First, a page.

Just the one US film, and it’s Netflix. And it was rubbish. Although it seems to have its fans, and I seriously worry about criticism in the genre these days. Otherwise some Jackie Chan, some Shaw Brothers, and some Bollywood.
The Protector, James Glickenhaus (1985, China). Chan tried to break into the US market several times – one has to wonder why he bothered – but most of his attempts didn’t go well. Like this one. A lot of it was re-shot by Chan as he was dissatisfied with Glickenhaus’s work. I think I saw Chan’s cut. Certainly there’s a change in tone from the bad early 1980s New York to later scenes set in Hong Kong. Chan plays one of a pair of cops on bodyguard duty at a fashion show (and this is the 1980s!), when a prominent businessman’s daughter is kidnapped by armed gangsters. Because drugs. And a falling out between each end of a New York – Hong Kong drugs pipeline. So Chan and partner (Danny Aiello) head off to HK to find the missing woman. The final fight scene, on a shipyard crane, is somewhat OTT.
Disorder, Olivier Assayas (1986, France). I’m a big fan of Assayas’s films, hence my purchase of a Blu-ray of two of his early works, Disorder (1986) and Winter’s Child (1989). A group of musicians break into a music shop and accidentally kill someone. Then they get on with their lives. I tweeted while watching this that you could tell the French band in the film were “edgy” because they were singing in English. Other than that, it was all very low-key and a bit meh.
Dhoom, Sanjay Gadhvi (2004, India). The title means “blast”, and I suppose the film was just that, in one narrow sense of the word. A group of thieves on high-powered motorbikes have been robbing banks in Mumbai. With great success. A police inspector enlists the help of a dodgy motorbike dealer, and his friends, in catching the thieves. It’s all very glossy, and a bit silly, and I was never really convinced the high-speed chases were, well, high-speed. But there’s some good comedy in it, and the use of slo-mo in the action sequences is gloriously over the top. There are apparently two sequels.
The 14 Amazons, Cheng Gang & Charles Tung (1972, China). Historic martial arts epic from the Shaw Brothers, in which the family of a general killed in battle, plus an army of volunteers, set off to defeat the enemy. Fans of present-day historical epics will probably find this one disappointing. It was made before the days of CGI, and the Shaw Brothers were never ones to spend lavishly on sets or location shooting. Meh.
Golmaal: Fun Unlimited, Rohit Shetty (2006, India). A friend recommended Golmaal and I put it on my watch list, but it disappeared before I got to watch it – explain to me why streaming is a good thing, again? – but having watched this film I have to wonder if it’s the one he meant. Anyway, four friends run numerous small scams until the only one of them that’s at university… is booted out of university. They move into the house of an old blind couple, and two of them pretend to be the couple’s grandson – one playing the body, the other providing the voice (don’t ask) – because of some treasure or something. But the “treasure” turns out to be the ashes of the grandson, who the old man already knew was dead. Except a gangster hid some diamonds in the ashes and he wants the diamonds back… It’s all completely daft but quite funny.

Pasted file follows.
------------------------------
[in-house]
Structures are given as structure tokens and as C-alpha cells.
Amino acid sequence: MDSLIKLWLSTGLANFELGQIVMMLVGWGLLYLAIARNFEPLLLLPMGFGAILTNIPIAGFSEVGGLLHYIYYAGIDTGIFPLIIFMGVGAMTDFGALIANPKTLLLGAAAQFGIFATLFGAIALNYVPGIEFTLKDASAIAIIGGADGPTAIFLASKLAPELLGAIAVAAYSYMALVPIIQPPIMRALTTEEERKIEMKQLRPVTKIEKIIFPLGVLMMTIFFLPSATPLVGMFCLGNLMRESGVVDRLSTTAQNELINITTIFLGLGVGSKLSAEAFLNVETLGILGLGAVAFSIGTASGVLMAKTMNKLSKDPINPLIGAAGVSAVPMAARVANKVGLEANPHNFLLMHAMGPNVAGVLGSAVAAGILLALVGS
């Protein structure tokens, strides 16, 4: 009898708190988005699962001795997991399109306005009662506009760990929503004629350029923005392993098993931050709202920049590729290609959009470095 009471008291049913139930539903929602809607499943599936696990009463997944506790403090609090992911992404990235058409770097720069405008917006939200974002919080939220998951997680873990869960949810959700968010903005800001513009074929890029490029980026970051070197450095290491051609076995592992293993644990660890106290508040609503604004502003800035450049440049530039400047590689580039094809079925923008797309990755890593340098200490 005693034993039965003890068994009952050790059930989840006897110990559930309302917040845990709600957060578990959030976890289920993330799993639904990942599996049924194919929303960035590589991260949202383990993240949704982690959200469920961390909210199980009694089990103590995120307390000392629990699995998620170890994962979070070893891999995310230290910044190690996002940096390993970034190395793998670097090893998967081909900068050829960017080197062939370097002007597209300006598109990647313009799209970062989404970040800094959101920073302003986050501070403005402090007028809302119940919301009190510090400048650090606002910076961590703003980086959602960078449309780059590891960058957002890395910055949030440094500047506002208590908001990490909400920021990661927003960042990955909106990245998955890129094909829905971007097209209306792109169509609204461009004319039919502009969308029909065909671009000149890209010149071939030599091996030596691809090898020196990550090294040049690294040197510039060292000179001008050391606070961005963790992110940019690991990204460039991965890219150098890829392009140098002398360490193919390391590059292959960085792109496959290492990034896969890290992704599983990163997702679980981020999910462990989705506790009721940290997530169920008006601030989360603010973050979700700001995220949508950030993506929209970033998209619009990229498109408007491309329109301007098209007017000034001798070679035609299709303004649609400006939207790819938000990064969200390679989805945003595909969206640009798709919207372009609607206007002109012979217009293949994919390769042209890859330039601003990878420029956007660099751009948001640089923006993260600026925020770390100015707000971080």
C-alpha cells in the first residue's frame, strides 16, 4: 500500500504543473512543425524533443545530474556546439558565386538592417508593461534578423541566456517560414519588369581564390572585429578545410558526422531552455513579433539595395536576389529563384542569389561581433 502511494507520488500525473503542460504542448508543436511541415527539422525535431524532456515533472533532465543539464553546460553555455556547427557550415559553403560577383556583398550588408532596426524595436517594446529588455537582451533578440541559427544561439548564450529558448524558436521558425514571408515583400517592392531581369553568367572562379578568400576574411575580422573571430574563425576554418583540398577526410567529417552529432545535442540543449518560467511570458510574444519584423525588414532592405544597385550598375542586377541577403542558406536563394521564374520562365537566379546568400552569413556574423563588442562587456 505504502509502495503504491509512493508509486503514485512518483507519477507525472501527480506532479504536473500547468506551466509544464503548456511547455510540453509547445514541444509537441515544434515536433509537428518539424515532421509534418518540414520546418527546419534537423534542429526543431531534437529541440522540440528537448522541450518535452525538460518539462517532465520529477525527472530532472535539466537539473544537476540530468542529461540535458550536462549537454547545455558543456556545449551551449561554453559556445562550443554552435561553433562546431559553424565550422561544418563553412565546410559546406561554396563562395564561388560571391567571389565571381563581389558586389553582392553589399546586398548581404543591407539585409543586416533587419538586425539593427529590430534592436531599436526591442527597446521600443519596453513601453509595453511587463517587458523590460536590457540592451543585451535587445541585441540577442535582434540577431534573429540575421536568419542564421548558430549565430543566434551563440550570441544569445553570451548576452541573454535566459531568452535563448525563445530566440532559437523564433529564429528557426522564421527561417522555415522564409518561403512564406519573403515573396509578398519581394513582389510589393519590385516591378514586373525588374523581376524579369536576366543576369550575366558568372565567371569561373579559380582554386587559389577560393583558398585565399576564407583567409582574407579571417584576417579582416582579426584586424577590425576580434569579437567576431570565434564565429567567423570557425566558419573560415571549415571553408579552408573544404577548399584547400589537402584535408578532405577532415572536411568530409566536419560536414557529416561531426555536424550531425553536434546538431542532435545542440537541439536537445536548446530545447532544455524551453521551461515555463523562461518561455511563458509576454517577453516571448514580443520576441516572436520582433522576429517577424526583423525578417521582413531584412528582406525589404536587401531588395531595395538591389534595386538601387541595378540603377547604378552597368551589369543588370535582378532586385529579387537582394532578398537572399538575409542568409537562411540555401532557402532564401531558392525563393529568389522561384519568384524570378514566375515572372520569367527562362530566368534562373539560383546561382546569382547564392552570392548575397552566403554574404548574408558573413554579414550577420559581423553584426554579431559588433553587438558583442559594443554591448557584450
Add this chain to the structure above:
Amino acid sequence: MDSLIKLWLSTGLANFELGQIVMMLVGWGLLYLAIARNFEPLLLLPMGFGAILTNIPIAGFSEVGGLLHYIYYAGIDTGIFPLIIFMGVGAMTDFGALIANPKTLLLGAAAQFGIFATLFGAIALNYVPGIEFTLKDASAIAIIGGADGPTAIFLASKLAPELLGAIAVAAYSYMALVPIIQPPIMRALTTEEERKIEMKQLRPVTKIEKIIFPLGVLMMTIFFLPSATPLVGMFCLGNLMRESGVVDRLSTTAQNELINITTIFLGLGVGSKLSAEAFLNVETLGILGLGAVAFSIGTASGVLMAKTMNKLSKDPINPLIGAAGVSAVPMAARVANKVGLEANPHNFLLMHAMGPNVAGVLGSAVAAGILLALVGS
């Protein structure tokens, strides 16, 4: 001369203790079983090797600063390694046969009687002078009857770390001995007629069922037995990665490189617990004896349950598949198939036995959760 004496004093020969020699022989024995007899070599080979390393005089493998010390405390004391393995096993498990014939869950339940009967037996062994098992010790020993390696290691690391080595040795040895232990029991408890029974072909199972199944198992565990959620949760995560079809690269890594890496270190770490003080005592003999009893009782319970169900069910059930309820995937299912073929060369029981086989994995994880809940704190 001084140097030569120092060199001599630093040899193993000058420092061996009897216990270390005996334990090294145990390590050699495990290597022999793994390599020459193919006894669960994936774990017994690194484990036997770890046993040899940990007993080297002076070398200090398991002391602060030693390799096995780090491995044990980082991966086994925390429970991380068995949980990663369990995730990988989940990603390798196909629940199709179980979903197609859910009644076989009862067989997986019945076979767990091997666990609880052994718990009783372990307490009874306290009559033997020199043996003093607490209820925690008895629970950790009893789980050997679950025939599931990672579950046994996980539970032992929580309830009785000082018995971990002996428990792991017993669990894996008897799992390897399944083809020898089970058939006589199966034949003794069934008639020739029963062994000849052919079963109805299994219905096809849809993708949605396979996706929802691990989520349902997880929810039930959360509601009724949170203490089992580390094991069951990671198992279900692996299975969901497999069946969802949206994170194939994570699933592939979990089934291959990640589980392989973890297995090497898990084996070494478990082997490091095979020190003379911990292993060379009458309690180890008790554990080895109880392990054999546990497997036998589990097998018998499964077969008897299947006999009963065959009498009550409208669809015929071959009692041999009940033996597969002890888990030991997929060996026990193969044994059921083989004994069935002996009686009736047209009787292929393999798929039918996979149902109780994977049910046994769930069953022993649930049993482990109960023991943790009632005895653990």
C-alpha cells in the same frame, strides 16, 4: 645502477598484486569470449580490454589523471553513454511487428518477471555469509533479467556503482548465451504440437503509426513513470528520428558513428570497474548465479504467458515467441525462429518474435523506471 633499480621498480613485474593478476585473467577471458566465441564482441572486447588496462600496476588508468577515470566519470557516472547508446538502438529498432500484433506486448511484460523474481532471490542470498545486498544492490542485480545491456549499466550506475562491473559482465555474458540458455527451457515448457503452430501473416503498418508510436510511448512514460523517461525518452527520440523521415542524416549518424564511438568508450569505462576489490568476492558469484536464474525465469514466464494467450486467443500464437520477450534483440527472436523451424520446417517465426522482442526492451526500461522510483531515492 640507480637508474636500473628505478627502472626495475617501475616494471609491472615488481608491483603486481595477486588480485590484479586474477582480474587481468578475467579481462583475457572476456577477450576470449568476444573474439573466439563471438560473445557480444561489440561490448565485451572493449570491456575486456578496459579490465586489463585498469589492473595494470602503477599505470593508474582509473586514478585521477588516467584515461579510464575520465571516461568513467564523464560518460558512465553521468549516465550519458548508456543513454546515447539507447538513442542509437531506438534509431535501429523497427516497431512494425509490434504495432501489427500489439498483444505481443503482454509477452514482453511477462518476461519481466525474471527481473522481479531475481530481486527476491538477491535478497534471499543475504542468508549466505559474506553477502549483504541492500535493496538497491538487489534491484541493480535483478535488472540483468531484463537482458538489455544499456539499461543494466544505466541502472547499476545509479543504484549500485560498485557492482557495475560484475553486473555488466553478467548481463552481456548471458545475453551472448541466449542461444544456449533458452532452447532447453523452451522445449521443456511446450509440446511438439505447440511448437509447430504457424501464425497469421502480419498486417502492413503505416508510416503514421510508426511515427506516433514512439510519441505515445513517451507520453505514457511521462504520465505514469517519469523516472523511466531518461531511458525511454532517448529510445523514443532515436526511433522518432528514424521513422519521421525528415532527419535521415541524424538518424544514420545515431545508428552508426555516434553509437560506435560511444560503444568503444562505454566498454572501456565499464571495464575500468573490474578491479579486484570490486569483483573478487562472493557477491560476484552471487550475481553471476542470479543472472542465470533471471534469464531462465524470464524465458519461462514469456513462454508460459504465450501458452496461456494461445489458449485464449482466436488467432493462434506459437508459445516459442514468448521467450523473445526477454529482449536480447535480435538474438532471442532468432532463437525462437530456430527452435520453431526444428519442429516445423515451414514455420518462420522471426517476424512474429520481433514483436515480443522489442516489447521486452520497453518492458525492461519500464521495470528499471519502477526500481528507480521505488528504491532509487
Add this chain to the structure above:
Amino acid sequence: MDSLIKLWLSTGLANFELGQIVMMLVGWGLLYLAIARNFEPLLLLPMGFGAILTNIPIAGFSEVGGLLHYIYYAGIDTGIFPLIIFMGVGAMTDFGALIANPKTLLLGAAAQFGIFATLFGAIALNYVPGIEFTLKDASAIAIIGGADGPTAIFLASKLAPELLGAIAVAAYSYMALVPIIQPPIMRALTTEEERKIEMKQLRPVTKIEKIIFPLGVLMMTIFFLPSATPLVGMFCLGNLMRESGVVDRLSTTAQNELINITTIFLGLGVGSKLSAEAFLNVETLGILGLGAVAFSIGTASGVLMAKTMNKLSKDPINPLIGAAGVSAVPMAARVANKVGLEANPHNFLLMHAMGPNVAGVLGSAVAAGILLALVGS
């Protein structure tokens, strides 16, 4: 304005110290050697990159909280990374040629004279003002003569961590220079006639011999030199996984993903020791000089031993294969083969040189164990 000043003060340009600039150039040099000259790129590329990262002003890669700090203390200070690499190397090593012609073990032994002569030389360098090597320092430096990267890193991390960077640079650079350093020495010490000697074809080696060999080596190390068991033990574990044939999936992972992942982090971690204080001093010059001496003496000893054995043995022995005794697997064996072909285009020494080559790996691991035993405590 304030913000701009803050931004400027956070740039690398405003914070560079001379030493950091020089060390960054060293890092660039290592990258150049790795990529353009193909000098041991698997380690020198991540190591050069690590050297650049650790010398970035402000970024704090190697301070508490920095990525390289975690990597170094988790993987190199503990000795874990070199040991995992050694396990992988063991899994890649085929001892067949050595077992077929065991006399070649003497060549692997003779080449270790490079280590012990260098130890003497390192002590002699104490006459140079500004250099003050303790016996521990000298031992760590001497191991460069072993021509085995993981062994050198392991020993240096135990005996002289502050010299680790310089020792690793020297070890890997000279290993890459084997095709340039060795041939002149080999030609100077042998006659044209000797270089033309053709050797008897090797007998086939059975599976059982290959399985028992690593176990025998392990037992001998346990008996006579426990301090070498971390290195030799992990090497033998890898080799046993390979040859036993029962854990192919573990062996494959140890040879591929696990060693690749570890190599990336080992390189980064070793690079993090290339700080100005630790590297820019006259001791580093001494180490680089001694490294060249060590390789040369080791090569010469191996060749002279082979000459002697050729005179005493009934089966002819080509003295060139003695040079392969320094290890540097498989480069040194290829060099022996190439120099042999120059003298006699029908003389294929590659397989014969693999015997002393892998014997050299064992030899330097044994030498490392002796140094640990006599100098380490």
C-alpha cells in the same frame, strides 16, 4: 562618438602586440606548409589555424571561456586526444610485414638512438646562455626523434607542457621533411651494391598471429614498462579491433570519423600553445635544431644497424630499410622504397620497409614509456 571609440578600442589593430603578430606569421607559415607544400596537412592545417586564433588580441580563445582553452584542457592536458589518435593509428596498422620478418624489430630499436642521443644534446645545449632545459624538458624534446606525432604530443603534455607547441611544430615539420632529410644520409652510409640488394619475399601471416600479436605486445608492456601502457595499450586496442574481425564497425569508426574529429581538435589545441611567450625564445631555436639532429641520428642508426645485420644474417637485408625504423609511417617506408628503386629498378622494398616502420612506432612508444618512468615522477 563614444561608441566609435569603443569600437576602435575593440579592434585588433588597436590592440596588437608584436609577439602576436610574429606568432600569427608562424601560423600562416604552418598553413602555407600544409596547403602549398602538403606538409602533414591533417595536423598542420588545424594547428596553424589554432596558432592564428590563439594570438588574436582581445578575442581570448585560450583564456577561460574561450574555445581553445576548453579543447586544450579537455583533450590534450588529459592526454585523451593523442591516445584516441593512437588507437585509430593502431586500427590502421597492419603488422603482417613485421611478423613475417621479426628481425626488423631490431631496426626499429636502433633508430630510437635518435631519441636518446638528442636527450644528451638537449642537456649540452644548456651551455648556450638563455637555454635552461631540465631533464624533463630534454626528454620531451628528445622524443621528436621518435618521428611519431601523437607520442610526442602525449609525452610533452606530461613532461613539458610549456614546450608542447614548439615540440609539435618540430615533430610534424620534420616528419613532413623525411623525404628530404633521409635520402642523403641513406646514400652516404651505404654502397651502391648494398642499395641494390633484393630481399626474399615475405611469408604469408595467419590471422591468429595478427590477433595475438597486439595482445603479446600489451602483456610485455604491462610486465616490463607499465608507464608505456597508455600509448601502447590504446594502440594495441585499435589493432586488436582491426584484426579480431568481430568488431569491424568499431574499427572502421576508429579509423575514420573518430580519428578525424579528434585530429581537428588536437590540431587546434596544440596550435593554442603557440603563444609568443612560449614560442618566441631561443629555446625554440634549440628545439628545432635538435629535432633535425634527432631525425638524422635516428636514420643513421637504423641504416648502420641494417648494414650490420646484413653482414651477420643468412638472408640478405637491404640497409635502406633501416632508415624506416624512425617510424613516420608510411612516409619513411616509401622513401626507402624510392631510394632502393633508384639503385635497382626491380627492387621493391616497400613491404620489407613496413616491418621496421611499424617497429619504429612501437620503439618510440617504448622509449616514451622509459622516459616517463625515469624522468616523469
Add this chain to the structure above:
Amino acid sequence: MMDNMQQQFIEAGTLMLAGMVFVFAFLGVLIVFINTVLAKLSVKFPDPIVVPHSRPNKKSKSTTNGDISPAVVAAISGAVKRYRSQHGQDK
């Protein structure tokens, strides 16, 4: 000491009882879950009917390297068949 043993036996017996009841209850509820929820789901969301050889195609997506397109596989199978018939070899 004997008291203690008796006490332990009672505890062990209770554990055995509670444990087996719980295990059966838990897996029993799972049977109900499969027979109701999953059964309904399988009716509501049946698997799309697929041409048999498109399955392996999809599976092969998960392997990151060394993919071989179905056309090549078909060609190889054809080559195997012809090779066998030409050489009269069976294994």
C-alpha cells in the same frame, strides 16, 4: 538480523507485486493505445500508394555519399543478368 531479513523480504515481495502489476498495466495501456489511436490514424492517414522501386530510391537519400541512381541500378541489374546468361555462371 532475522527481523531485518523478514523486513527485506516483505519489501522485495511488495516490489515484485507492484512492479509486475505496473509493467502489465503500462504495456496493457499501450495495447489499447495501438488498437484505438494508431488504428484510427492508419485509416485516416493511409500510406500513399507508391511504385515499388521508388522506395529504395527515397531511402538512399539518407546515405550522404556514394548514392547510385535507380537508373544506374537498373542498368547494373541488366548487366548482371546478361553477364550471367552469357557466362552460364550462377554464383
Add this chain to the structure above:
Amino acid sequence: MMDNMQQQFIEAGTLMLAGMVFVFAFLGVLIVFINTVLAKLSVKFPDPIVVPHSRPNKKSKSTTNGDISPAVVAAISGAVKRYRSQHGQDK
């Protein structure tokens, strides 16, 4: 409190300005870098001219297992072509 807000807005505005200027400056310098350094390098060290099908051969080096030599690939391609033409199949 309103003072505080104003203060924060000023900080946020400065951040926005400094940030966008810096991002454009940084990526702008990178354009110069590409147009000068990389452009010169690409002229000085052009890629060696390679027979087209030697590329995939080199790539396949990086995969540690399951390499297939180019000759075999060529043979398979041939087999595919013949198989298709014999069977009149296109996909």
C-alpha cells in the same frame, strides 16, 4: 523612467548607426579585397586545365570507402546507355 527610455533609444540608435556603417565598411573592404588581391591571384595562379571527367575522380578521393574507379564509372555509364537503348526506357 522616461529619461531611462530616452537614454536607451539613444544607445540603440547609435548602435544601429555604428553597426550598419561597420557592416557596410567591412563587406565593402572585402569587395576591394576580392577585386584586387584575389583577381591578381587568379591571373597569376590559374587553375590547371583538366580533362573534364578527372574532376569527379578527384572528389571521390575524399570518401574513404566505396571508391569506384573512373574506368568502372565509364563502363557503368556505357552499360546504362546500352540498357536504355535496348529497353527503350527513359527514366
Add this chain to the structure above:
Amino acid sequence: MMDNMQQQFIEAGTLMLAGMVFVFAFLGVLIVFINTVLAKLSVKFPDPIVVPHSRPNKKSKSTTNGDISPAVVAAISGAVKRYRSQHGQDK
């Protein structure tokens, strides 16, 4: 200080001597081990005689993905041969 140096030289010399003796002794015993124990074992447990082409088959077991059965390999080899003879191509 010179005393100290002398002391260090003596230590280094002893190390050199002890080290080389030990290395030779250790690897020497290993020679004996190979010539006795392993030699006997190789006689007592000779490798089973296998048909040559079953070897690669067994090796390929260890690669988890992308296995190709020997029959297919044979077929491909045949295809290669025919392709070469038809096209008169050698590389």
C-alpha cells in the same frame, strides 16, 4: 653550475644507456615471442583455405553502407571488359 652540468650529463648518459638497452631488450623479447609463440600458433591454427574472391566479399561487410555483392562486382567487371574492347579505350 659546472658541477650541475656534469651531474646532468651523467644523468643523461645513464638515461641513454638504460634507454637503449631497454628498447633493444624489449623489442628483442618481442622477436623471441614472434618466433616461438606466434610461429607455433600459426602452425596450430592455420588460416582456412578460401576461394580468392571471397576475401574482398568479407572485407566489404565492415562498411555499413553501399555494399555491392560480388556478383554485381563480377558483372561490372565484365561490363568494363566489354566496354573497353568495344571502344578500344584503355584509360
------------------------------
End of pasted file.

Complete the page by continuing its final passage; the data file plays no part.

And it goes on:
Deewana, Raj Kanwar (1992, India). This film has to be seen to be believed. It’s basically Dynasty dialled up to 13. At least. Rich popular singer visits small country town and falls in love with a young woman who is one of his fans. His nephew, who wants the singer’s fortune, sexually assaults the new bride. The uncle sends men to kill the singer, which they do, although the nephew is killed in the attempt. Young widow and her mother move to another city. They are run over by the wastrel son of a wealthy industrialist. The son falls in love with the young widow. But then the singer turns up, because it seems he wasn’t dead after all (although since he was shot at point blank range and then fell off a cliff, I suppose it was an easy mistake to make). But the singer is happy to let his wife stay with the wastrel, and the two guys fight off the uncle’s goons in an epic battle. Absolutely bonkers. Even for Bollywood.
Police Story, Jackie Chan (1985, China). I was pretty sure I’d seen this before but when I looked I could find no record of it. So I assume I saw some of it, but not all. Chan made it partly in response to his dissatisfaction with The Protector, and while it’s a little more realistic it’s still not entirely believable. Especially the court scenes. The villain gets off far too easily, and the police are far too quick to believe the worst of Chan’s character. For all that Police Story is said to be one of Chan’s best movies, some of the others I’ve seen were, I thought, better. Worth seeing, nonetheless.
The Old Guard, Gina Prince-Bythewood (2020, USA). This has has had a lot of positive press, which is not unexpected for a new genre property from Netflix. Unfortunately, it’s based on a comic that has borrowed far too much from French bandes dessinées and presents a US-privileged worldview despite being allegedly global. True, every country’s art privileges its home nation, but no one outside the US believes the US has a fucking clue what it’s doing. Anyway, the head of a UK pharmaceutical company learns of the existence of four immortals, who have sort of done various good but secret things for centuries, and he wants whatever it is that means they can’t die. So he sets up a complicated plan to capture them, one which results in a death toll over the course of the film of several hundred people. CEOs do this all the time, of course – extraordinary rendition, kidnap, torture, mass murder… No, wait. That’s US presidents. The whole thing was complete bobbins from start to finish, and high production values can’t disguise a story that’s morally repugnant. Avoid.